I’ve been so unbelievably swamped in work the past couple days! It’s hard to believe the semester just started when I’m always on the go, reading this, writing that, or lab’n it up. This week we started collecting certain breeds of flies for genetics lab – we have to perform a bunch of crosses to determine the mutations in our unknown flies. I lucked out and got a super-organized (and nice!) lab partner, which in this class I think is going to make all the difference.
But something better than genetics happened! My dad, grandpa, grandma, uncle and cousin came up to visit yesterday and are staying through today. They usually come up in September for a Football alumni weekend – my grandpa and uncle both played quarterback for Cornell and my dad was a runningback. Yes – I come from a long line of Cornellians. I think I’m a triple legacy or something like that. What’s really cool is that my grandpa graduated in ’61, so my graduation in 2011 falls on his 50th reunion!! Pretty sweet how things turn out like that.
We went out to dinner at an amazing italian restaurant called Zaza’s. We’re a pretty italian family, so I figured this recommendation would be widely acceptable. BUT I also picked it because they have homemade pumpkin ravioli. Yes – pumpkin. I know I’ve said it quite a few times but I absolutely love fall and everything pumpkin is one of the reasons why. Needless to say, the ravioli were simply amazing. When I go out to dinner, I normally try to assess what I really want ahead of time. Normally if I go into a restaurant with no preparation, I end up just going with the “safest” choice and so to avoid that disordered behavior it’s best to get over the anxiety by picking something out that I know I want and I know fits with my meal plan (at least to some degree). I do allow myself some spontaneity, but find this strategy works well and I can go out without the same anxious reaction I used to have.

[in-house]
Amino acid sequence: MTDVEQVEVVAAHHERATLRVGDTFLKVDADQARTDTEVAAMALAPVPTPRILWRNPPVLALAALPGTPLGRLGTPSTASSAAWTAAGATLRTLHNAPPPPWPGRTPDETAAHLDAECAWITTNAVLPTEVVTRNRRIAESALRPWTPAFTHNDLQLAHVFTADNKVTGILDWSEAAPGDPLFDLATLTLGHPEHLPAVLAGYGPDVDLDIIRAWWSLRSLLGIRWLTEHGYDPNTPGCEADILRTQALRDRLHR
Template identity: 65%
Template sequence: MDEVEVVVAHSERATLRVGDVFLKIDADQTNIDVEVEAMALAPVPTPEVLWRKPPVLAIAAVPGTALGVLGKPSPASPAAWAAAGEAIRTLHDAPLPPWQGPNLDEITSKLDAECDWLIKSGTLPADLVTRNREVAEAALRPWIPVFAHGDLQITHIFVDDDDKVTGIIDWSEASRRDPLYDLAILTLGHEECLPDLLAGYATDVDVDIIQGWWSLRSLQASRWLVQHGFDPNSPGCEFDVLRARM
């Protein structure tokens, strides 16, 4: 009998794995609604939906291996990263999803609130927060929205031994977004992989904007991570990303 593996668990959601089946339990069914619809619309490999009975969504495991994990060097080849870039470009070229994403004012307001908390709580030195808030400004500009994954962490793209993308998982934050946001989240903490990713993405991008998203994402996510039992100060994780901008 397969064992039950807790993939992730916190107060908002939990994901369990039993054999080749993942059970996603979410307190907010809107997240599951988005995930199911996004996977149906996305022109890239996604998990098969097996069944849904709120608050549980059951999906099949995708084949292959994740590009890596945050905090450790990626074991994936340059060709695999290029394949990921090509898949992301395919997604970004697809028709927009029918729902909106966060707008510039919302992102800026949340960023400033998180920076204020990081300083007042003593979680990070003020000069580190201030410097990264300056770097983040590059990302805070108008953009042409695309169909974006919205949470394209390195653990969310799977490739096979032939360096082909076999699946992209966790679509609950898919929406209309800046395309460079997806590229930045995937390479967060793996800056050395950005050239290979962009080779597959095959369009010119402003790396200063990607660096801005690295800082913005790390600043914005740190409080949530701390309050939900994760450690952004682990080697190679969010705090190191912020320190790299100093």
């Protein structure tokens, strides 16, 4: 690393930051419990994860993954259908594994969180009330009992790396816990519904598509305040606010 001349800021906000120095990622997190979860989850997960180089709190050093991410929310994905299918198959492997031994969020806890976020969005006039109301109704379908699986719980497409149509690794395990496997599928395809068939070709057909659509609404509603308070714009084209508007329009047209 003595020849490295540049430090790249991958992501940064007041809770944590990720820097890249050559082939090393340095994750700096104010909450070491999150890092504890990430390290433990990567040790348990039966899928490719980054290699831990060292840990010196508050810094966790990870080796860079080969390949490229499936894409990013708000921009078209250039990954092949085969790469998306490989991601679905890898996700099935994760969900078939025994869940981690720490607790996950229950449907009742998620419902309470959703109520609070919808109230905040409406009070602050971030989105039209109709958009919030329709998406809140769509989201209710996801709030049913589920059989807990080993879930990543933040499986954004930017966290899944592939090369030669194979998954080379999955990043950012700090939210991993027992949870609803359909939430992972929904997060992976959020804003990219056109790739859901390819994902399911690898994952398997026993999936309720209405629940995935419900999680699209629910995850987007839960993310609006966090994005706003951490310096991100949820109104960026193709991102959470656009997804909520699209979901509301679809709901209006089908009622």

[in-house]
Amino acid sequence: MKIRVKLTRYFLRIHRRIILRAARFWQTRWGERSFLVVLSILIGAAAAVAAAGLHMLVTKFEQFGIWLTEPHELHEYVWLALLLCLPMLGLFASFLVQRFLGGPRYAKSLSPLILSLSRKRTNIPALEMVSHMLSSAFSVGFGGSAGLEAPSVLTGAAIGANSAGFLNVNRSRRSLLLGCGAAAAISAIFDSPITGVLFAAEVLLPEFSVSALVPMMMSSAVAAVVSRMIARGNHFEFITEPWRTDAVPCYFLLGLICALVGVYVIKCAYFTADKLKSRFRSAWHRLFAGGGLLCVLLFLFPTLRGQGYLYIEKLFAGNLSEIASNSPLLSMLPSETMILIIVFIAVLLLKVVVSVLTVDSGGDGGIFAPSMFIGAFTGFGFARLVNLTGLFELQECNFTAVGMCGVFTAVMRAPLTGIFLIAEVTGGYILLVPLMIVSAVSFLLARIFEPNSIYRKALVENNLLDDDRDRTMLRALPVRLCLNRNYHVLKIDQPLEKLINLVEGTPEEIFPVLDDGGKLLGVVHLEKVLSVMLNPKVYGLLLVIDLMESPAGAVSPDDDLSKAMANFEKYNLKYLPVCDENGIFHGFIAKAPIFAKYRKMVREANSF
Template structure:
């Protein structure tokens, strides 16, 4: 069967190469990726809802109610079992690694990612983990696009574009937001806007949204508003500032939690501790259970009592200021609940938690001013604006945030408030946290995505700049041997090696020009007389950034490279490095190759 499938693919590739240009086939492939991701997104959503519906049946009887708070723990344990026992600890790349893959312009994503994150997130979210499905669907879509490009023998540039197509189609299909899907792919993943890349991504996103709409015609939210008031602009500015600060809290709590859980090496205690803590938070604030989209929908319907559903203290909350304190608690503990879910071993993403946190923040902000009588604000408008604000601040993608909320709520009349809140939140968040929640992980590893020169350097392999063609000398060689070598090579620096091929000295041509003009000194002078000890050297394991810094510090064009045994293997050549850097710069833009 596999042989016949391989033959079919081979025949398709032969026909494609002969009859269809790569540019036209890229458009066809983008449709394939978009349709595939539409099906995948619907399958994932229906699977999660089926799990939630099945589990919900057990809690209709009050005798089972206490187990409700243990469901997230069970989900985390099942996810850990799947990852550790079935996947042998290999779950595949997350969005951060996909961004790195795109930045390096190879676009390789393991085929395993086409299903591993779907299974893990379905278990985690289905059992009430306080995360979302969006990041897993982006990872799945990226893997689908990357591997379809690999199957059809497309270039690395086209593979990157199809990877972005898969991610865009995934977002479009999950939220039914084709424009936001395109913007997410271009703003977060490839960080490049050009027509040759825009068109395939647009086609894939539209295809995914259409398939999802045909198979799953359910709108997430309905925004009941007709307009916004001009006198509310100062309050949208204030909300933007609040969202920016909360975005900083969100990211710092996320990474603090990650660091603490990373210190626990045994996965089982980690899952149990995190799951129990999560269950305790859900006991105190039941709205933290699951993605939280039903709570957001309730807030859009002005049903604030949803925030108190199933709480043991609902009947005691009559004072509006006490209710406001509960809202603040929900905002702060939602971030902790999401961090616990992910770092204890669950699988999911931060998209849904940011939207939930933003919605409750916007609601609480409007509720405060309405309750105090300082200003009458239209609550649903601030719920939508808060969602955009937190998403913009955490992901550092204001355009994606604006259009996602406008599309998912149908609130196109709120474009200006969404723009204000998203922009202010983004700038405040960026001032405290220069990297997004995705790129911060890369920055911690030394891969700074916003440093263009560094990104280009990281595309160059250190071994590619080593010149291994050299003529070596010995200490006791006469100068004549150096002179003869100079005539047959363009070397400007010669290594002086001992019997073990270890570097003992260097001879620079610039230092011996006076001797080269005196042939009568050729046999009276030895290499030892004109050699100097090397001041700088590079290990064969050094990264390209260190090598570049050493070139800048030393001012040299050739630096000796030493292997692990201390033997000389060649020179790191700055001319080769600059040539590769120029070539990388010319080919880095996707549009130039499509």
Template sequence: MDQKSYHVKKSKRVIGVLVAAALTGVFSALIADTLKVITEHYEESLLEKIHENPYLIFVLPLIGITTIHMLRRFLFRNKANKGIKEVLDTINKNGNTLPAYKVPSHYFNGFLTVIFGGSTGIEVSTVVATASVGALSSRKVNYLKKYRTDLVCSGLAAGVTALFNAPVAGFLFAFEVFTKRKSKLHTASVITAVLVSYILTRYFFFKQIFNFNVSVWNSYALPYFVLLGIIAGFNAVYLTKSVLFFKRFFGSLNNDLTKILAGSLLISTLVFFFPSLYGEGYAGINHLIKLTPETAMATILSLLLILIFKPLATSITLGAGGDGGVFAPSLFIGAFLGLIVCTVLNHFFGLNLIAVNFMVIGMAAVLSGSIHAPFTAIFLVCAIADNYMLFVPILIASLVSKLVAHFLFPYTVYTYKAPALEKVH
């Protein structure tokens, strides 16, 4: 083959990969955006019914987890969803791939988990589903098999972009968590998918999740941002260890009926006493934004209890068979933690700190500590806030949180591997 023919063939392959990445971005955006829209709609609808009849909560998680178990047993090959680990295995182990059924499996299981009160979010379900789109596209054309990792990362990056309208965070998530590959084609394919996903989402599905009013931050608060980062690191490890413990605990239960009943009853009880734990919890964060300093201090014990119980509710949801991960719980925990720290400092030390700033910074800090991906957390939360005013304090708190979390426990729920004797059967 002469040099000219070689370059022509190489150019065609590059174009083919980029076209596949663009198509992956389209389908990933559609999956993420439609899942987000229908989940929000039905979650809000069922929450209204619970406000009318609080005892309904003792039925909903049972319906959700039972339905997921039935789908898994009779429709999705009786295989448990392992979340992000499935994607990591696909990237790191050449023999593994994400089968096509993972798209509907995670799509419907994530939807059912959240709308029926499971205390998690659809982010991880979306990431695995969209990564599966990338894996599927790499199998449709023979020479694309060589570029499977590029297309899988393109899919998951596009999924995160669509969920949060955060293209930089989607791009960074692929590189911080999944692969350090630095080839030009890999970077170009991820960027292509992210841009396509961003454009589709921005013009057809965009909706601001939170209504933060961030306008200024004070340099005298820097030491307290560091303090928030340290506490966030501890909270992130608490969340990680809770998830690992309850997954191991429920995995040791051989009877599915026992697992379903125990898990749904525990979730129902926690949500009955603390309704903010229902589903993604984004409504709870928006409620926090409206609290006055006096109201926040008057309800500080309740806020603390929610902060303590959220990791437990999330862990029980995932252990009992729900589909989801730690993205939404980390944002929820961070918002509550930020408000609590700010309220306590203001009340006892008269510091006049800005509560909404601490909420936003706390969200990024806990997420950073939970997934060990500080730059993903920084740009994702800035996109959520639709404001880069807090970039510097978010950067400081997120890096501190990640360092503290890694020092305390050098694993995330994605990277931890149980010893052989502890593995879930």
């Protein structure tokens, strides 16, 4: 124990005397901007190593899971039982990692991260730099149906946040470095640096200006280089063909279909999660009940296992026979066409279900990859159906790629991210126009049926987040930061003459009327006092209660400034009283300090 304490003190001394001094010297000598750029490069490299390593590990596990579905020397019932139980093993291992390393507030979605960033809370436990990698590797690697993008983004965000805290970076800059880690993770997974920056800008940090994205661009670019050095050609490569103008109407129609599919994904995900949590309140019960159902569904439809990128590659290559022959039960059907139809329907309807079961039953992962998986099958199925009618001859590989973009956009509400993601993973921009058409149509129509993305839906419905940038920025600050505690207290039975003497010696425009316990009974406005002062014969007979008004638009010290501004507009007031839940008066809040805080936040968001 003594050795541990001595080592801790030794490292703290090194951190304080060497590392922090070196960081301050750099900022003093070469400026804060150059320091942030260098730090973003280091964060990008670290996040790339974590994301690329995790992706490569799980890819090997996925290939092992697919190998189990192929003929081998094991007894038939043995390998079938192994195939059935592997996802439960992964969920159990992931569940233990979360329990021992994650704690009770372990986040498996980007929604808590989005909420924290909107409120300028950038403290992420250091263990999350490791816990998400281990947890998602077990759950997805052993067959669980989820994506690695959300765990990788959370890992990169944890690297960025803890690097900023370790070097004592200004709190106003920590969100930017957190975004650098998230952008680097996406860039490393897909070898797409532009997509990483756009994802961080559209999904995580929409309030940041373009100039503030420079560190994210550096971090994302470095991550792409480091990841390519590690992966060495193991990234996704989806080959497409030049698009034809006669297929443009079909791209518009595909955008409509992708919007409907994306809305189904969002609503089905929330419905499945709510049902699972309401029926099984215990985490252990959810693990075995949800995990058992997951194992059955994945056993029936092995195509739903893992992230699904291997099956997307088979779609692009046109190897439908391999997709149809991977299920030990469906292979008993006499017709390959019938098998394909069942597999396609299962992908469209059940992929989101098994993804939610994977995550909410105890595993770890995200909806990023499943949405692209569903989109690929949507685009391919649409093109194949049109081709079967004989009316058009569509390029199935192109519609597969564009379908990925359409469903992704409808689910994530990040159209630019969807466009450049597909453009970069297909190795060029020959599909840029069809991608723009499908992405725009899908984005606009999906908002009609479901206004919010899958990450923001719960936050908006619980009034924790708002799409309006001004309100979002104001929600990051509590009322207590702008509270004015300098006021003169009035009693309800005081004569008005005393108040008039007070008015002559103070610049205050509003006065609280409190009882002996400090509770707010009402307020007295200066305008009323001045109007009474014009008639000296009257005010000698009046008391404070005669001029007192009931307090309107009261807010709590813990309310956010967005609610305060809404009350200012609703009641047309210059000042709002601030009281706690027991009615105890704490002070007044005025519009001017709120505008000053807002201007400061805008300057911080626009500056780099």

All in all it was a great night. I adore my grandfather and I’m a “daddy’s girl” so it’s always refreshing to have them visit. My grandpa is a story teller, and I love hearing about his Cornell days. We enjoyed a glass of wine (I got carded – being twenty-one certainly has its perks) and chatted about my plans after graduation, my cousin’s college search, Cornell in the 50s, Cornell in the 80s (Dad is class of ’84) and Cornell in the 90s (my uncle’s graduation was sometime in there). After dinner, I split from the fam and went out with a bunch of swimmers to the fraternity house where the swimmer guys live, then we went and danced the night away at the bars! In the interest of total disclosure, I’m not the biggest “going out” girl. I really like my sleep and would rather spend a night in with a couple close friends (with or without a glass of wine), but going out every so often is a good time.